In other words, (IMO) a degree of pragmatism and goodwill on the part of those involved woukd be quite capable of overcoming any obstacles that are likely to be encountered. For example consider the manner in which a Framework Decision is adopted and applied to Irish law. Generally work practices change absolutely within Givernment Departments,sometimes within the courts maybe within the Gardai, to name a few. There is generaly a ‘window’ period during which uncertainty applies, ongoing legal advice is required and back and forth continues over a period between the contacts in the respective agencies and member states with a view to ironing out such difficulties. The processes themselves may be held up for a time but they don’t grind to a halt. New processes are established, new precedents are set and newer, broader knowledge is accumulated. Quite simply, people find solutions.
Obviously this is heightened and magnified in the case of Brexit but given the fact that people’s livelihoods rather than mere administrative or legal practices will be at stake I would be confident that timelines for solutions could be a lot shorter than those associated with the workload of the average civil servant.
However, this is obviously based on the existence of the political will to do so. And there obviously exists the likelihood that the EU side may understably not wish to find solutions that could potentially render Brexit somewhat more succesful than would otherwise be the case. Likewise, it may not actually be in the personal interest of the individuals charged with negotiating on behalf of the U.K. to see Brexit succeed…and that some ‘systemic collapse’ up north or wherever might be just the ticket in PR terms.
Nontheless, my position is that such an outcome would be as a result of a political failure on the part of the individuals in question rather than any real inability on the part of people to arrive at solutions (in the short term) that would allow them to get on with the day to day business of living and trading with each other.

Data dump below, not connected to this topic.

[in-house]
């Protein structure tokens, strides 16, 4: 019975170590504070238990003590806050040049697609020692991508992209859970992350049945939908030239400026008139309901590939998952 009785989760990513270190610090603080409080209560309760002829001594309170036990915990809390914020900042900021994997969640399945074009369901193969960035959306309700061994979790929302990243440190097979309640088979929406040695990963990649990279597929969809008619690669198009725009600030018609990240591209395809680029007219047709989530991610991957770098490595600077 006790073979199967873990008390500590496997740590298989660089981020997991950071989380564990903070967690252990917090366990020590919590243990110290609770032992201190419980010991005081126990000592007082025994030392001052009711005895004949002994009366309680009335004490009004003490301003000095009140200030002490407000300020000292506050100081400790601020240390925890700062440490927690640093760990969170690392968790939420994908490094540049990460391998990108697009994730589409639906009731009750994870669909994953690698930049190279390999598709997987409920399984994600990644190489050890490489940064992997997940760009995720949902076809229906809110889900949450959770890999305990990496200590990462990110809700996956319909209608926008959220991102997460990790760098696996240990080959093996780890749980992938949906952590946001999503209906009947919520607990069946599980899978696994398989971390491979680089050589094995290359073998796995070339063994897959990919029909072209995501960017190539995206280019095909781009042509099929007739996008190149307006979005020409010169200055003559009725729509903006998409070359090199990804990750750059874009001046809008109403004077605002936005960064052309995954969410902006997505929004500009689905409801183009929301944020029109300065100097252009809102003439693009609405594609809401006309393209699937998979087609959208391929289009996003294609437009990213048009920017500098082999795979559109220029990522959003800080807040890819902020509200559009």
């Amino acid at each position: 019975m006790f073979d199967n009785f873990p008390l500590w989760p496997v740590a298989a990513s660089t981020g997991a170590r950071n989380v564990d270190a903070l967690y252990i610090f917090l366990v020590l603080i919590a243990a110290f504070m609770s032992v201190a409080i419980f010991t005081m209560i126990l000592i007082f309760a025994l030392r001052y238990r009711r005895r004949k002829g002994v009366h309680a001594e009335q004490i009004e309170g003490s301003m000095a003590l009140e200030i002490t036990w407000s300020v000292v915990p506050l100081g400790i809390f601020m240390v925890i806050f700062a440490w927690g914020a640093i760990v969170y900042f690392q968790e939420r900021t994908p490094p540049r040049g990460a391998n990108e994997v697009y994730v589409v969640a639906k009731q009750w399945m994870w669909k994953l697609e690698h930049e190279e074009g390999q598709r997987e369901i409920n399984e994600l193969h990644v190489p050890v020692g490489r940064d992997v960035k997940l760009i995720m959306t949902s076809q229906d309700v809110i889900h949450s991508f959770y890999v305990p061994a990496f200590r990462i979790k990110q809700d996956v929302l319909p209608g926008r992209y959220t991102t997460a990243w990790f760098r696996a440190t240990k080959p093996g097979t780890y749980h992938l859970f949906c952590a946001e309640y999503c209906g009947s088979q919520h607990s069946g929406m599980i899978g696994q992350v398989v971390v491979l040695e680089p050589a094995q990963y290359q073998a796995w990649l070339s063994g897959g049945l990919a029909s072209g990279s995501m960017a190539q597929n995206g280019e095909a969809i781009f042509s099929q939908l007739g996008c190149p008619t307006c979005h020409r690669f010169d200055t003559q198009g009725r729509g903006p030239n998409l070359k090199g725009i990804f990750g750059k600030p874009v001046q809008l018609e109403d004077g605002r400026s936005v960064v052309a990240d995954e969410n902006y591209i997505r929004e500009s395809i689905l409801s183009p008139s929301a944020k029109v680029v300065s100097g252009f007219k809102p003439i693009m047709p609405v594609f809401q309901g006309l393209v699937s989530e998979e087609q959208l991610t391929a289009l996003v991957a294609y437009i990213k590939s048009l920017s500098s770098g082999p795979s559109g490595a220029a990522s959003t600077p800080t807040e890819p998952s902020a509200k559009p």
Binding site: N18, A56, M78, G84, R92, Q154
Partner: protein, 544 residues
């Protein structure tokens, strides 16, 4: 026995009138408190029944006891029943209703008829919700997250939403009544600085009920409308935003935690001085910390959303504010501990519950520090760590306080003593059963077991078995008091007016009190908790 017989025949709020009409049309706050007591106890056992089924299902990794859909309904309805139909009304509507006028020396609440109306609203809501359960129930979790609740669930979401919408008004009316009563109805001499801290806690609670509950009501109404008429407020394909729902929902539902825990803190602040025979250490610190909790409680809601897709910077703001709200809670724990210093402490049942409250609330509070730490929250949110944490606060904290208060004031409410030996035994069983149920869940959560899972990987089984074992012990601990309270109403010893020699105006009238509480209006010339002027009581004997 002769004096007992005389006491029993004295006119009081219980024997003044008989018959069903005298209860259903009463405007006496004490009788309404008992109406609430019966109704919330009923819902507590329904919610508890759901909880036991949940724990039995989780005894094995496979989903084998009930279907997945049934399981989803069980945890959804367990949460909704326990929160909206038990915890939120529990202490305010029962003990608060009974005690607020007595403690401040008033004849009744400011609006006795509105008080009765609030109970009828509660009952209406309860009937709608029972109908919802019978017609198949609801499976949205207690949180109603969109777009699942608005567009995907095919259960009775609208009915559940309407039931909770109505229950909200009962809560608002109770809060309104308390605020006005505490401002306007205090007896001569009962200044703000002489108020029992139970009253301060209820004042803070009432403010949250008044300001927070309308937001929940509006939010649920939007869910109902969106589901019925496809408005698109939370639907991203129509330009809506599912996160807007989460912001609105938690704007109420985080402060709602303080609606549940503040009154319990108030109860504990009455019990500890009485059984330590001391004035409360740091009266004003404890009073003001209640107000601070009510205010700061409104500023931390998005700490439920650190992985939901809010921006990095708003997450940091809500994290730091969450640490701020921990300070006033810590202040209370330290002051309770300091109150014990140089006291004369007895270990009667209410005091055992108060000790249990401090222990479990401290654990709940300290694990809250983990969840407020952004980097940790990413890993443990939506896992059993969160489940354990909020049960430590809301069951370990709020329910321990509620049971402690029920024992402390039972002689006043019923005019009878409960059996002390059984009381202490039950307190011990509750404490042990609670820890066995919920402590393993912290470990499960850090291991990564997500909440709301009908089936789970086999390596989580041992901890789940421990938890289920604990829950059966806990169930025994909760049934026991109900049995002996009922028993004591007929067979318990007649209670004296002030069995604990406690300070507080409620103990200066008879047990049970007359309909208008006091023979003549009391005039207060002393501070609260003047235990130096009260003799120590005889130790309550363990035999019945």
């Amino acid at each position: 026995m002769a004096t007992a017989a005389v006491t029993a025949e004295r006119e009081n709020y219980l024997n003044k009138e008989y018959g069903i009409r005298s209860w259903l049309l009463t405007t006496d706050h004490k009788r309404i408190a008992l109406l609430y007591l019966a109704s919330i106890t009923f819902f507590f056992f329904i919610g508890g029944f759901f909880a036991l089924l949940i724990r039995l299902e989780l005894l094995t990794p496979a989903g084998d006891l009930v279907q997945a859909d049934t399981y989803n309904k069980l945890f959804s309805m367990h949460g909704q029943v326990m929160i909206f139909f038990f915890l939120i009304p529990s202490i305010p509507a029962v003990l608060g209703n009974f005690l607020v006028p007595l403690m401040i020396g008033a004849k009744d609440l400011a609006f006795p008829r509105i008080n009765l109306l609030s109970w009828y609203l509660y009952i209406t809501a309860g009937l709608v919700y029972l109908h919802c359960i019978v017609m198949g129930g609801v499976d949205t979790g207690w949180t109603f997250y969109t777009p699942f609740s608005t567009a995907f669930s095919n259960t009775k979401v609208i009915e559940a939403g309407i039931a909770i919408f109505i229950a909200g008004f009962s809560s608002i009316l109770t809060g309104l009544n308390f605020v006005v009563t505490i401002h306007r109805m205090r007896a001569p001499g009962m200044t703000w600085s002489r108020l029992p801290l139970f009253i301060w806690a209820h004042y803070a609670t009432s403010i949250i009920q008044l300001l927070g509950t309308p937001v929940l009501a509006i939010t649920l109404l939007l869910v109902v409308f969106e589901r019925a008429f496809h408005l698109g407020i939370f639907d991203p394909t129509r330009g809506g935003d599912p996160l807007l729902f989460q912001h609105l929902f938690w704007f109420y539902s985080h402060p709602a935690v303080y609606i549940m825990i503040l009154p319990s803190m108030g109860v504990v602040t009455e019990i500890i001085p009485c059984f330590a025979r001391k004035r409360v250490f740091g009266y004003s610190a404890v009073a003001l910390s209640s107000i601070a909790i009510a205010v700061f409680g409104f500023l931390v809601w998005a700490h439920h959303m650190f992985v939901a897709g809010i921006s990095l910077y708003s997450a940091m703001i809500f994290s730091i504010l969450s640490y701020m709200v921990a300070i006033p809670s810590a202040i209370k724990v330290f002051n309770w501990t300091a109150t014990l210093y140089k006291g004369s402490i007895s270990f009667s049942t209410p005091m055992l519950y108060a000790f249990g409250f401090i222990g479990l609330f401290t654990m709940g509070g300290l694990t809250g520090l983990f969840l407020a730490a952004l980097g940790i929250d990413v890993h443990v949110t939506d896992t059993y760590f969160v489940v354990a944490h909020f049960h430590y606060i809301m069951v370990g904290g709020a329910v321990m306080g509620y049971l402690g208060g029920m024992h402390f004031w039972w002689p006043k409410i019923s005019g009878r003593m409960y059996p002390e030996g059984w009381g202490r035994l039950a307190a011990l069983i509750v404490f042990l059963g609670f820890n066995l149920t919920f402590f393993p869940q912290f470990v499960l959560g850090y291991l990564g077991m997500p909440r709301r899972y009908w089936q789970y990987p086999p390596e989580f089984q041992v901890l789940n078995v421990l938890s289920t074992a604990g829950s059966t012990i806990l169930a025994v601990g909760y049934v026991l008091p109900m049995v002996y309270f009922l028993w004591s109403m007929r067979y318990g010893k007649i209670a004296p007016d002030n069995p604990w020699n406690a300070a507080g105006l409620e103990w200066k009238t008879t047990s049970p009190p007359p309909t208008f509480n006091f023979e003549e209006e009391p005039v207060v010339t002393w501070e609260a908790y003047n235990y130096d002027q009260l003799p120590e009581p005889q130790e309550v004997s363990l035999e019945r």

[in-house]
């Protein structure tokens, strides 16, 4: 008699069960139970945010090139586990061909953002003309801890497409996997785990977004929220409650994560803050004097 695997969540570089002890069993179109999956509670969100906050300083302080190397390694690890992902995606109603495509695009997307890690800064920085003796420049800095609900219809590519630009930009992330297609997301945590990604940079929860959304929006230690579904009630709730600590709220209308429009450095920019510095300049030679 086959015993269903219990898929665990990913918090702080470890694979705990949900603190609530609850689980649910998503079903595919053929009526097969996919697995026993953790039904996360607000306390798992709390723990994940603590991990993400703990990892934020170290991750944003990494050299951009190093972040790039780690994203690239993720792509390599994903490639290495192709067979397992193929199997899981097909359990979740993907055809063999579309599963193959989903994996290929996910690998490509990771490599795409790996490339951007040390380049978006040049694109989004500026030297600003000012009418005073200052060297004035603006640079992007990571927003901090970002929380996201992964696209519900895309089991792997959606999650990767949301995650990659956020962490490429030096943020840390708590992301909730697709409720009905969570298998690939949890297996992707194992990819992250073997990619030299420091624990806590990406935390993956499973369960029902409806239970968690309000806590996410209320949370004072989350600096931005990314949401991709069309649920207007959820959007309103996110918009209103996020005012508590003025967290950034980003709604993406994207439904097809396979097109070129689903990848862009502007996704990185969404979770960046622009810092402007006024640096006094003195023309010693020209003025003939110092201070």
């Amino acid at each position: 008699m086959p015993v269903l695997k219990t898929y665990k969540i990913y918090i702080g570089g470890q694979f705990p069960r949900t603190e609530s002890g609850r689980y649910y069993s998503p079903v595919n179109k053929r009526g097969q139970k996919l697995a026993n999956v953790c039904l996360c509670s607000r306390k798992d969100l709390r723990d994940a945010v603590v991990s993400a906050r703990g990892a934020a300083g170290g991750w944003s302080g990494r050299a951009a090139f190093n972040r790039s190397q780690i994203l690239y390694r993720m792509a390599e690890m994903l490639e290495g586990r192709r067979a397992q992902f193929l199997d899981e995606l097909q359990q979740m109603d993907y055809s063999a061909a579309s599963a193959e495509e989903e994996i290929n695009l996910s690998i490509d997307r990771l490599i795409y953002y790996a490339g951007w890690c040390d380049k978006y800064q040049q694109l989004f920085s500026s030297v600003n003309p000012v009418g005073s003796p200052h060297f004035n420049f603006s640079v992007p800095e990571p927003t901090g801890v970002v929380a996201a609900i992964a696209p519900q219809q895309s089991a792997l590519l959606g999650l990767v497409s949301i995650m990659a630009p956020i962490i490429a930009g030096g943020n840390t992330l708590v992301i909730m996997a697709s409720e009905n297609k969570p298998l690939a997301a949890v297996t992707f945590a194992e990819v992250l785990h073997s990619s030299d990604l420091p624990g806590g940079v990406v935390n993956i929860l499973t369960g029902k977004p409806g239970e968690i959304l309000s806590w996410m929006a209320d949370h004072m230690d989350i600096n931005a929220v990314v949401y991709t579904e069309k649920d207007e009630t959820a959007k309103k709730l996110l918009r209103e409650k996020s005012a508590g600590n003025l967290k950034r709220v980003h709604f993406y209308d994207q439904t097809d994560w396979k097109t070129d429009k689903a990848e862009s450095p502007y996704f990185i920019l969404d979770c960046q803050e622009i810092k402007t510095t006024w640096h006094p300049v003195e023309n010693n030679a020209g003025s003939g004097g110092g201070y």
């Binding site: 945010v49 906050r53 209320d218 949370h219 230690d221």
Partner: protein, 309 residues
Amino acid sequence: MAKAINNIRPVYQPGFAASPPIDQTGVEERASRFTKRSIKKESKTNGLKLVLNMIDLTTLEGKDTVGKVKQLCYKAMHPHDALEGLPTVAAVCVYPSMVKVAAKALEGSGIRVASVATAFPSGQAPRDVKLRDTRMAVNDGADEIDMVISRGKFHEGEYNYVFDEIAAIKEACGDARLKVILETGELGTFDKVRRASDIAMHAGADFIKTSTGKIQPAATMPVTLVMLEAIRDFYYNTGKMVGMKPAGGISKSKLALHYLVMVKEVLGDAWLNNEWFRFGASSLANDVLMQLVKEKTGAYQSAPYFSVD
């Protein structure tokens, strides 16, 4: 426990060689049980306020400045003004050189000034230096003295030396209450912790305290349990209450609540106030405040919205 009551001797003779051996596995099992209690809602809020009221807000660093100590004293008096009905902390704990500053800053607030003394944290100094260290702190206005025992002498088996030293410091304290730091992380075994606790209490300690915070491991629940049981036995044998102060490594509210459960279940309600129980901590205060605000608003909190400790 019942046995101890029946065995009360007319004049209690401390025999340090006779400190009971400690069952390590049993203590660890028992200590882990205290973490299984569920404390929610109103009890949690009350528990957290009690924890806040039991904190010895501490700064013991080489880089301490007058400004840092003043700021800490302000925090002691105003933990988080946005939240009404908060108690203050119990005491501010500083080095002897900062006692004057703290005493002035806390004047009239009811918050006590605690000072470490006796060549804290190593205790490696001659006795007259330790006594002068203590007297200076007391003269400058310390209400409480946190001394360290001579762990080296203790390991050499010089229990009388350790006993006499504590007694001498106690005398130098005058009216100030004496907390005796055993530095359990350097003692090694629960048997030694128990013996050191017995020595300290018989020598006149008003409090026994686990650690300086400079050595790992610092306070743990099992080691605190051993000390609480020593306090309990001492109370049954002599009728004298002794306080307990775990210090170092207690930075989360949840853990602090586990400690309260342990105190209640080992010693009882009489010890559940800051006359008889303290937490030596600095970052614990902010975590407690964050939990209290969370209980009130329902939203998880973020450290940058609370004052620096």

Having moved to England just after the vote this is the thing that I most struggle with. The media here is just a partisan punch and judy show. In conversation the topic is barely mentoned by the average Brit and when it is broached I find their grasp on the EU is extremely limited, and don’t even get me started on their ignorance of their own country! And many of these are professionals I’m talking about, many of whom have worked abroad!
National media is a battlefield, whereas sometimes just listening to the local radio is where you’ll find out what the public are thinking. In a recent local radio vox pop both leave and remain voters up my way all expressed the desire to “just get on with it, stop mucking about.” I don’t believe there really is an appetite outside the remain bubbles for a “peoples vote”, if anything it’s probably rubbing people up the wrong way. Corbyn’s absolutely right to not push on this.
I reckon on the ground ending of Freedom of Movement is the great masses redline around which they’ll coalesce if pushed. Many conflated non-EU immigration with Freedom of Movement. Yeah, they haven’t fully understood it means the dream of retiring to the Playa da Blackpool becomes harder but then they mentally never viewed those stomping grounds as foreign anyway!
This is why I reckon we’re heading for a customs deal, and tough shít DUP, you’re getting an Irish sea border. If the DUP collapse the government they’ll get one with Corbyn anyway so that’s why I reckon the DUP will spin it as a compromise somehow. Call it damage limitation after bringing forward the prospect of a border poll by a few generations!